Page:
At first they lived on the Continent in a glow of happiness, but after a reconciliation with her father, they returned to Weston Park for the birth of their son. Wilfrid Blunt gave a party for Douglas, saying it was time people ceased to cut him, but life in England did not go smoothly for the young couple; too much stood in the way of a successful marriage. She was pitied by her friends and threatened by blackmailers; Lord Alfred’s romantic fervor failed to withstand the passing years. He had loved a slim and beautiful girl, his Page; his ardor cooled before a matronly figure and the difficulties of a poetic temperament. In 1913, at the time of the Ransome libel suit, Olive left her Prince, writing his mother, “I have often been very unhappy with him, but I love him above everything, and would never have left him if he had not taken away Raymond [her son]. The Ransome case has done him so much harm; you don’t know what people say. . . . Perhaps it would be better for Bosie to divorce me for desertion? I only wish I had courage enough to kill myself!” But she didn’t and eventually they achieved a sort of reconciliation, he living in a flat by himself but visiting her every day in a nearby town and preserving the semblance of what he called “a life-long devotion.”

Her last book of poems, The Inn of Dreams, came out in 1911, though she lived until 1944, dying a year before her husband. Her poetic gift was slight and not always used with discretion, but much of her verse was tender and tuneful and effective in its simplicity:

I am weary, let me sleep
In some great embroidered bed.
Let me dream that I am dead
Nevermore to wake and weep
In the future that I dread
For the ways of life are steep . . .
I am weary, let me sleep . . . .

This quotation is taken from the following excellent study:
A Study in Yellow:The Yellow Book and Its Contributors. Contributors: Katherine Lyon Mix – Author. Publisher: University of Kansas Press. Place of publication: Lawrence, KS. Publication year: 1960. Page number: 188

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The Blue Bird (1905)

The collection The Blue Bird was published in 1905 but its distribution was so badly managed that the poetess had to buy back many unsold copies and give them away. Most of the print-run may have ended up being discarded.

This is the main reason that she published another collection, The Inn of Dreams, in 1911, including little new material, but reproducing all but five of the poems originally published in The Blue Bird.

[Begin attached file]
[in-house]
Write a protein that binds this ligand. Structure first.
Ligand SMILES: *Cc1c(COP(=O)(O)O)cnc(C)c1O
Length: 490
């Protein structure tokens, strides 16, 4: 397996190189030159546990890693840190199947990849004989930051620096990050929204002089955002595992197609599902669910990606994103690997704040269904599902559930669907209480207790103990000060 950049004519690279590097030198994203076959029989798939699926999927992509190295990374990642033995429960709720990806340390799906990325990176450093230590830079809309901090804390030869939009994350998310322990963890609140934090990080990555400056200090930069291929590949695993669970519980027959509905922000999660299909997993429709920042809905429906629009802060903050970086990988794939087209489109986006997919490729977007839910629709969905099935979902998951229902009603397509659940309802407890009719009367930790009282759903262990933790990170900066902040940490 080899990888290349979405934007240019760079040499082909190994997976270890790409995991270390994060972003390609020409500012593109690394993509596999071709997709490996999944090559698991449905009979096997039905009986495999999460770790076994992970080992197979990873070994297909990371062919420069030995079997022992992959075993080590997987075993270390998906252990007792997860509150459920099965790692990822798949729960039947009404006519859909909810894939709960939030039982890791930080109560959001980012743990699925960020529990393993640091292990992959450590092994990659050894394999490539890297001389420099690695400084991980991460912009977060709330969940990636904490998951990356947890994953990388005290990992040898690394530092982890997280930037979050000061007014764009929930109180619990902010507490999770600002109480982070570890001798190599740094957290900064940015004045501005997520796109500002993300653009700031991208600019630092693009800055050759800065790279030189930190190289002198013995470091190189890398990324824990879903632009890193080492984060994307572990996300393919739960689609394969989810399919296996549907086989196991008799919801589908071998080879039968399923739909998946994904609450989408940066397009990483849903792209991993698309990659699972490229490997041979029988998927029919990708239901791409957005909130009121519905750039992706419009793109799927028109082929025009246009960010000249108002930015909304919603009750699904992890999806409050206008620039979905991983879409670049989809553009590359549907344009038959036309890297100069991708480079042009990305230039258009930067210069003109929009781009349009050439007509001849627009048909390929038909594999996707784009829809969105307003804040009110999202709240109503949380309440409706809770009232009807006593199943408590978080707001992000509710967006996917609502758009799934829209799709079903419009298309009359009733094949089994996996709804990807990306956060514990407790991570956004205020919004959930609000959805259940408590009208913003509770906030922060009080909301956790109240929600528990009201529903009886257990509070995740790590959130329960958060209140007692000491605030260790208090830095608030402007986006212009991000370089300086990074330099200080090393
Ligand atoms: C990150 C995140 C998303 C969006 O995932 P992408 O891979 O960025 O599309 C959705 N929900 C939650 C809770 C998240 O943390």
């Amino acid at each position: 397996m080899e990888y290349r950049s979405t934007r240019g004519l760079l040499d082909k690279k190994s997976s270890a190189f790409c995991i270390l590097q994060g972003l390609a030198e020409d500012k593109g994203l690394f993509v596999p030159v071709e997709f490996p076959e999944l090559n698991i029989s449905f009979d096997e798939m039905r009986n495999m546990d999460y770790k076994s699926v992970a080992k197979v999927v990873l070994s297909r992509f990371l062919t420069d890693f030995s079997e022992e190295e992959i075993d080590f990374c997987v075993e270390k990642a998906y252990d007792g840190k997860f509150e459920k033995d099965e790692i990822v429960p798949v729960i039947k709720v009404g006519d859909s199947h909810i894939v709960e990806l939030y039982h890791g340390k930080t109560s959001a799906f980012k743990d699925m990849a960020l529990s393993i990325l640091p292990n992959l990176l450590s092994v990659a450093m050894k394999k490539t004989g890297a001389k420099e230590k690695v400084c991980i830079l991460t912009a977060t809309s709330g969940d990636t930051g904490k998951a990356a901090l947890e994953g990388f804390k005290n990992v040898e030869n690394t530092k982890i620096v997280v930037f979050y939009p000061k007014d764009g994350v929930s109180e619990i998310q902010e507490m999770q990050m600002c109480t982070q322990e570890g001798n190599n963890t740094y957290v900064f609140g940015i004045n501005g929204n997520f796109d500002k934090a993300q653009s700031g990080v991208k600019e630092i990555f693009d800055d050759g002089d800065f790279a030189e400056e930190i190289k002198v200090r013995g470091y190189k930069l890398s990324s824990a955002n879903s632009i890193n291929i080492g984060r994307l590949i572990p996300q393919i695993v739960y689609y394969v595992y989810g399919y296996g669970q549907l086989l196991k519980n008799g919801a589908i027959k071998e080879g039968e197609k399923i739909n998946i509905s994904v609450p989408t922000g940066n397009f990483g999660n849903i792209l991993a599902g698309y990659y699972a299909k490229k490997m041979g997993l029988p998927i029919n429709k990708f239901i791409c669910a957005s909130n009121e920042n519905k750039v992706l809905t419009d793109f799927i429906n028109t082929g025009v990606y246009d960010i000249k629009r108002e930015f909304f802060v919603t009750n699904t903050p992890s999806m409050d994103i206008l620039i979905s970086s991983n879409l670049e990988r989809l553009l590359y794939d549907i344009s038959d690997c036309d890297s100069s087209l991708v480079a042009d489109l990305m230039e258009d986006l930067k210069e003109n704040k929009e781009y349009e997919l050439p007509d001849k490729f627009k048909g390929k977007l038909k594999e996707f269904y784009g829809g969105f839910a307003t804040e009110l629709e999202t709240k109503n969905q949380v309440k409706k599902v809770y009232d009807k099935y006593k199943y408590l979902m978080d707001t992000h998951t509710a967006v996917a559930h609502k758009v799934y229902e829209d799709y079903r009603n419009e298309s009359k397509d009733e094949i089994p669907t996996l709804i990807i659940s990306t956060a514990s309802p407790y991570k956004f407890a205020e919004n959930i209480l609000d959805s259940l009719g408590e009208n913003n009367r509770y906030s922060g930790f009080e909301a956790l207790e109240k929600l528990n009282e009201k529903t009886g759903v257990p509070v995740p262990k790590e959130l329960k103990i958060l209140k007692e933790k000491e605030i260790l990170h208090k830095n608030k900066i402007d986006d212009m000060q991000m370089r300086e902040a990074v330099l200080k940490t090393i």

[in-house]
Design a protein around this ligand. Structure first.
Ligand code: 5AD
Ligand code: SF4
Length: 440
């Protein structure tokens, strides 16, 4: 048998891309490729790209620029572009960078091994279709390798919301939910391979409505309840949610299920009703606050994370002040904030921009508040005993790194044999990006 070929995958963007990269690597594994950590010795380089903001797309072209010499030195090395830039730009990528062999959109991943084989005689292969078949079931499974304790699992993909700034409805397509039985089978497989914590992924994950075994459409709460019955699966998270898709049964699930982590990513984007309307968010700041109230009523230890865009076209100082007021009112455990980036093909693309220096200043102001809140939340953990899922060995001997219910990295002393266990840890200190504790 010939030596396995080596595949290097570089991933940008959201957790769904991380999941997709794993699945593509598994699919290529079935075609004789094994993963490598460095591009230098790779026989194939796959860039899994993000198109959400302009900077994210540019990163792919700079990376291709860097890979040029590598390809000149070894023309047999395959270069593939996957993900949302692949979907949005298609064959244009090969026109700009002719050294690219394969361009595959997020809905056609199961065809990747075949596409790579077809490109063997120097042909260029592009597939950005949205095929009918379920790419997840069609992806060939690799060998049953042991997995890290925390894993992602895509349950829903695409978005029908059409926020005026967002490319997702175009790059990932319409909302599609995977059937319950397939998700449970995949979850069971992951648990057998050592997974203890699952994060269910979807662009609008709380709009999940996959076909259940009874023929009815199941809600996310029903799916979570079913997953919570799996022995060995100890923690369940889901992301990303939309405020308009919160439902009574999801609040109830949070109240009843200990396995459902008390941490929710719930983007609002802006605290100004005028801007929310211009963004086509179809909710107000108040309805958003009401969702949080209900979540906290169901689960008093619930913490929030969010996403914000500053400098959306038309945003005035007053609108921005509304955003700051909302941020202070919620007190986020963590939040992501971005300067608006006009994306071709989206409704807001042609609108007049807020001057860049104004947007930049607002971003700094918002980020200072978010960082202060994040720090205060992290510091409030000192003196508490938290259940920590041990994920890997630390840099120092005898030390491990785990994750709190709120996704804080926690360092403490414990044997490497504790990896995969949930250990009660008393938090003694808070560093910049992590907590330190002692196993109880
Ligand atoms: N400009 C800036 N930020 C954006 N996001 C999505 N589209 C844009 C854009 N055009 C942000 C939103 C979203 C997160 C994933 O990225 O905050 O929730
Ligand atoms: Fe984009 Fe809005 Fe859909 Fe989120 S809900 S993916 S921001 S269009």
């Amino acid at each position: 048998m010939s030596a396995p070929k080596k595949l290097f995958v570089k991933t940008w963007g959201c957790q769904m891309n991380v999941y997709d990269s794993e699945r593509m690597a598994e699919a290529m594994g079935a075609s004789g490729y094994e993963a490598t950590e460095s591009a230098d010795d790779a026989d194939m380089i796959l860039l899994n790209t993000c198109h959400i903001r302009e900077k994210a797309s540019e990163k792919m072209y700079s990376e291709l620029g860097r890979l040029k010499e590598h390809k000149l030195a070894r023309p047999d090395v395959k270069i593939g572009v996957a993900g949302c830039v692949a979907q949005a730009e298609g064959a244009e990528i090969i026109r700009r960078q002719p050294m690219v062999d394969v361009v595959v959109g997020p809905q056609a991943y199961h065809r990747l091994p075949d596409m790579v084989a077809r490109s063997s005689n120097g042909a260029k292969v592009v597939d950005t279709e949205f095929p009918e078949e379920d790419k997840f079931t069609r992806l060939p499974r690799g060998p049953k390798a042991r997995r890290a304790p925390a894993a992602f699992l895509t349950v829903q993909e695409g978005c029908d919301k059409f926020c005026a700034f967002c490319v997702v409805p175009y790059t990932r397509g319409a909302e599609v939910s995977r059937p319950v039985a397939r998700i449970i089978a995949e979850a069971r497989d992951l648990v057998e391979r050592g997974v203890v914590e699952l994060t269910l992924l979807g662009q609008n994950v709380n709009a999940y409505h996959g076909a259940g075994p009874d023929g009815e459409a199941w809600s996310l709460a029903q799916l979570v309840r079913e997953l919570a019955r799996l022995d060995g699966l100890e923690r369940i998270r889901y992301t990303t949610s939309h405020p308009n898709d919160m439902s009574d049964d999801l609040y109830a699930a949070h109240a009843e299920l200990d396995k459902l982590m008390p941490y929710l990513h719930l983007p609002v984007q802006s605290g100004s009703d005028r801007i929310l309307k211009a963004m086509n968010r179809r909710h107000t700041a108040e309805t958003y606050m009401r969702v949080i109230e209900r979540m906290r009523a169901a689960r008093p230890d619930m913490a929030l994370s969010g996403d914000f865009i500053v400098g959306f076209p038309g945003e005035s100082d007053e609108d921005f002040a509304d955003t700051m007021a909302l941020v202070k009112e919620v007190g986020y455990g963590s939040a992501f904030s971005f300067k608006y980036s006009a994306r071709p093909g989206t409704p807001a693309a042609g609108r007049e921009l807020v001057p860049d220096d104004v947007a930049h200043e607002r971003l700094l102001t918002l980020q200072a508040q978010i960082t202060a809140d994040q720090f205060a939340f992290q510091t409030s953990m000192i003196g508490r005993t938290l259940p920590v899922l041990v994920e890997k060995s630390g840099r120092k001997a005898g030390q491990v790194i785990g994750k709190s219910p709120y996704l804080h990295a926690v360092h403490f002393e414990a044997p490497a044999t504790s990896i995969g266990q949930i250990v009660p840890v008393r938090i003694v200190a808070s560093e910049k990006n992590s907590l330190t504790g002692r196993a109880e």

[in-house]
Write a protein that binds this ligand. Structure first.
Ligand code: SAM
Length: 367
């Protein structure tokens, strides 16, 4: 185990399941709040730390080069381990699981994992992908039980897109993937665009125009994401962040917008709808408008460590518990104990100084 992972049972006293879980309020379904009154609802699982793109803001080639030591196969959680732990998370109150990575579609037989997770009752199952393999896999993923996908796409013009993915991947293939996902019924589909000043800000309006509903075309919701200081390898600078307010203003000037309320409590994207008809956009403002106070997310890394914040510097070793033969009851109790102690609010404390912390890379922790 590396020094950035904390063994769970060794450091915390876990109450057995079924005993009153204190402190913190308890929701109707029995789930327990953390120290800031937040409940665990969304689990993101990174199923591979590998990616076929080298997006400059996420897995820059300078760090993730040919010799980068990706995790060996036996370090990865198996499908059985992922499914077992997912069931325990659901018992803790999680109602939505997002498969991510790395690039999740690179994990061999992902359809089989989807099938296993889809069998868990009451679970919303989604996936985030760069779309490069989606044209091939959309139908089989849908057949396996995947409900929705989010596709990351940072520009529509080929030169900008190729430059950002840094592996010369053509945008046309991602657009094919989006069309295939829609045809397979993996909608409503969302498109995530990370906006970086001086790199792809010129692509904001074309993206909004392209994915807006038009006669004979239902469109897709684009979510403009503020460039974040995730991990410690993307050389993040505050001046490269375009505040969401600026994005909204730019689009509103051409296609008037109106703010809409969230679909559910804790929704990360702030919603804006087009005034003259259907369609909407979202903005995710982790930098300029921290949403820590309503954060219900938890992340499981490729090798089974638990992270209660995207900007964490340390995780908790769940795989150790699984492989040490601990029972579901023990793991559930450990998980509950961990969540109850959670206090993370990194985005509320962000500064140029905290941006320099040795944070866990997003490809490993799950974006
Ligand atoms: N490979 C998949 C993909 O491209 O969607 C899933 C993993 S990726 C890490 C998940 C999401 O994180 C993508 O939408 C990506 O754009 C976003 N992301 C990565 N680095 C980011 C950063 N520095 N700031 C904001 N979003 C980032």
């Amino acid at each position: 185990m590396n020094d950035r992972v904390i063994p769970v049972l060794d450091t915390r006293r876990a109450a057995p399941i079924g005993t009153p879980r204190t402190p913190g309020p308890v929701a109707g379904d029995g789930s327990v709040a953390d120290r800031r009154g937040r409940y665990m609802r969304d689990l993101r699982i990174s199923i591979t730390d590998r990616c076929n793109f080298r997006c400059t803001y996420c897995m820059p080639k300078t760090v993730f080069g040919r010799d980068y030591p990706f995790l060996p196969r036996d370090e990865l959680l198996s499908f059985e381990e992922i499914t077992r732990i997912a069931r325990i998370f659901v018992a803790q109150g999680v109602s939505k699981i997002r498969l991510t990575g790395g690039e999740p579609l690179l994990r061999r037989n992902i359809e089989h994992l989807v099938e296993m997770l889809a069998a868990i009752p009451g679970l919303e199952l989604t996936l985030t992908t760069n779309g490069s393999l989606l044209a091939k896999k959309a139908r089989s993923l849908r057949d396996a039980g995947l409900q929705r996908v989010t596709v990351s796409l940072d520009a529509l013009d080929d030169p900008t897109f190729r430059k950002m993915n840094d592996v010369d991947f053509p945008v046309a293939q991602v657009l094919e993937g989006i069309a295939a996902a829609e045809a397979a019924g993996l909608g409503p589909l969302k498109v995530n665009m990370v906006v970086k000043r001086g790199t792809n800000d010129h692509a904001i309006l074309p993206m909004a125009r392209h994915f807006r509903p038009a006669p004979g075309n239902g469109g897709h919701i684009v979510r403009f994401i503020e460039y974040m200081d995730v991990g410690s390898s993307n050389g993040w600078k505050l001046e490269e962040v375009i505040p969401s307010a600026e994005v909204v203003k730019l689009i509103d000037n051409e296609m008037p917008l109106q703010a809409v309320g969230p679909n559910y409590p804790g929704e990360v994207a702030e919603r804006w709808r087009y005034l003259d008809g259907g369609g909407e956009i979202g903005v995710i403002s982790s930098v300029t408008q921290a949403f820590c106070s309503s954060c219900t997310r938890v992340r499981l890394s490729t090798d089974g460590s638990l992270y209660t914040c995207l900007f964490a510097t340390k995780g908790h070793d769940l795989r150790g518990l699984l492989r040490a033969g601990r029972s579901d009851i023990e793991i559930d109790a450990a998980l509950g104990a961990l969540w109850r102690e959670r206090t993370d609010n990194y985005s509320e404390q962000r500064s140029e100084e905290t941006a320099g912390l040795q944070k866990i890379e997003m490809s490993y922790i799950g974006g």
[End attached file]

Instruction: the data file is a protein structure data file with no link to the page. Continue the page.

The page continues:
Before the dedication there is a quotation from an essay by Oscar Wilde. It is taken from “The Decay of Lying” in Intentions. The complete text can be found here.

It is arranged as a poem:

And over our heads will float the Blue Bird singing
of beautiful and impossible things, of things that
are lovely and that never happen, of things
that are not and that should be.

Here is the dedication of the collection:


I sing the joy and sorrow of the world,
The strange and secret histories of the heart ;
I am a dreamer, and each day my dreams
Go out to kiss the eyes of lovely grief,
The laughing mouth of Love. I have bowed down
Before the light of beauty all my life,
And now, Oh poet passionate and brave,
Oh lover with the beautiful sad face,
Like a shy child I bring you all my songs.

And here, available for this first time on the internet, as far as I know, is Olive’s own poem ‘The Blue Bird’. It is not one of her best, but charming and girlish.:

PRINCESS prisoned in a house of pearl,
Strange little princess that I call my soul …
Silent you stand and listen all day long
With smiling parted lips, for you have heard
The far faint fluting of that fairy bird
That weaves enchantments with its magic song,
That Bird with azure wings and shining crest
That will not come to any cage or hand . .
But flies away into the golden west . . .
O wild blue bird, take back to fairy-land
This princess prisoned in a house of pearl,
This little princess that I call my soul . . .